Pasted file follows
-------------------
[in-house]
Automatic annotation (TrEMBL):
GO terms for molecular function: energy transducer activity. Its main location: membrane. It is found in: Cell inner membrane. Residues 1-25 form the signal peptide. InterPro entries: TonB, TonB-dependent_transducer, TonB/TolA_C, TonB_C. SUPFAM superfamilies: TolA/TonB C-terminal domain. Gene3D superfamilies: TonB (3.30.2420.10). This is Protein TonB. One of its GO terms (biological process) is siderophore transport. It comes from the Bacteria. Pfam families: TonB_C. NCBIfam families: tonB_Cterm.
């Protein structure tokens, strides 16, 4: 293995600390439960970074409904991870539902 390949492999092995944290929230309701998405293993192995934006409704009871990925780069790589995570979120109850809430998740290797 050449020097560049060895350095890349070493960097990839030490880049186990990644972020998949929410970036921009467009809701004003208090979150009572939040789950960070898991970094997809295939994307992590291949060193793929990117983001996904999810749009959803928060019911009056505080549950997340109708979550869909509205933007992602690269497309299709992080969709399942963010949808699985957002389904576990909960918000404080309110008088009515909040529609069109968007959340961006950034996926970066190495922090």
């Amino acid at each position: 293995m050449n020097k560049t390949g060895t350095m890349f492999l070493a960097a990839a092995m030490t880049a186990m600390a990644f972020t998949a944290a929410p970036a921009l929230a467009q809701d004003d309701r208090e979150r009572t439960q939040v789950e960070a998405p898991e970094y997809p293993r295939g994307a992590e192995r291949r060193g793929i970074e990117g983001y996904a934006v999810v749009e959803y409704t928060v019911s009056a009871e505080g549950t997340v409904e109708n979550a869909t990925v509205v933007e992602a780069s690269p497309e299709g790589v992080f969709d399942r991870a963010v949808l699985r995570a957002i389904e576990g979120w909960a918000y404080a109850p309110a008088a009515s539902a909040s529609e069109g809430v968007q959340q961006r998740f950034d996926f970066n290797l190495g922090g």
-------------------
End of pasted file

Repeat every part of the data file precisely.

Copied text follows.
[in-house]
Automatic annotation (TrEMBL):
GO terms for molecular function: energy transducer activity. Its main location: membrane. It is found in: Cell inner membrane. Residues 1-25 form the signal peptide. InterPro entries: TonB, TonB-dependent_transducer, TonB/TolA_C, TonB_C. SUPFAM superfamilies: TolA/TonB C-terminal domain. Gene3D superfamilies: TonB (3.30.2420.10). This is Protein TonB. One of its GO terms (biological process) is siderophore transport. It comes from the Bacteria. Pfam families: TonB_C. NCBIfam families: tonB_Cterm.
């Protein structure tokens, strides 16, 4: 293995600390439960970074409904991870539902 390949492999092995944290929230309701998405293993192995934006409704009871990925780069790589995570979120109850809430998740290797 050449020097560049060895350095890349070493960097990839030490880049186990990644972020998949929410970036921009467009809701004003208090979150009572939040789950960070898991970094997809295939994307992590291949060193793929990117983001996904999810749009959803928060019911009056505080549950997340109708979550869909509205933007992602690269497309299709992080969709399942963010949808699985957002389904576990909960918000404080309110008088009515909040529609069109968007959340961006950034996926970066190495922090």
């Amino acid at each position: 293995m050449n020097k560049t390949g060895t350095m890349f492999l070493a960097a990839a092995m030490t880049a186990m600390a990644f972020t998949a944290a929410p970036a921009l929230a467009q809701d004003d309701r208090e979150r009572t439960q939040v789950e960070a998405p898991e970094y997809p293993r295939g994307a992590e192995r291949r060193g793929i970074e990117g983001y996904a934006v999810v749009e959803y409704t928060v019911s009056a009871e505080g549950t997340v409904e109708n979550a869909t990925v509205v933007e992602a780069s690269p497309e299709g790589v992080f969709d399942r991870a963010v949808l699985r995570a957002i389904e576990g979120w909960a918000y404080a109850p309110a008088a009515s539902a909040s529609e069109g809430v968007q959340q961006r998740f950034d996926f970066n290797l190495g922090g």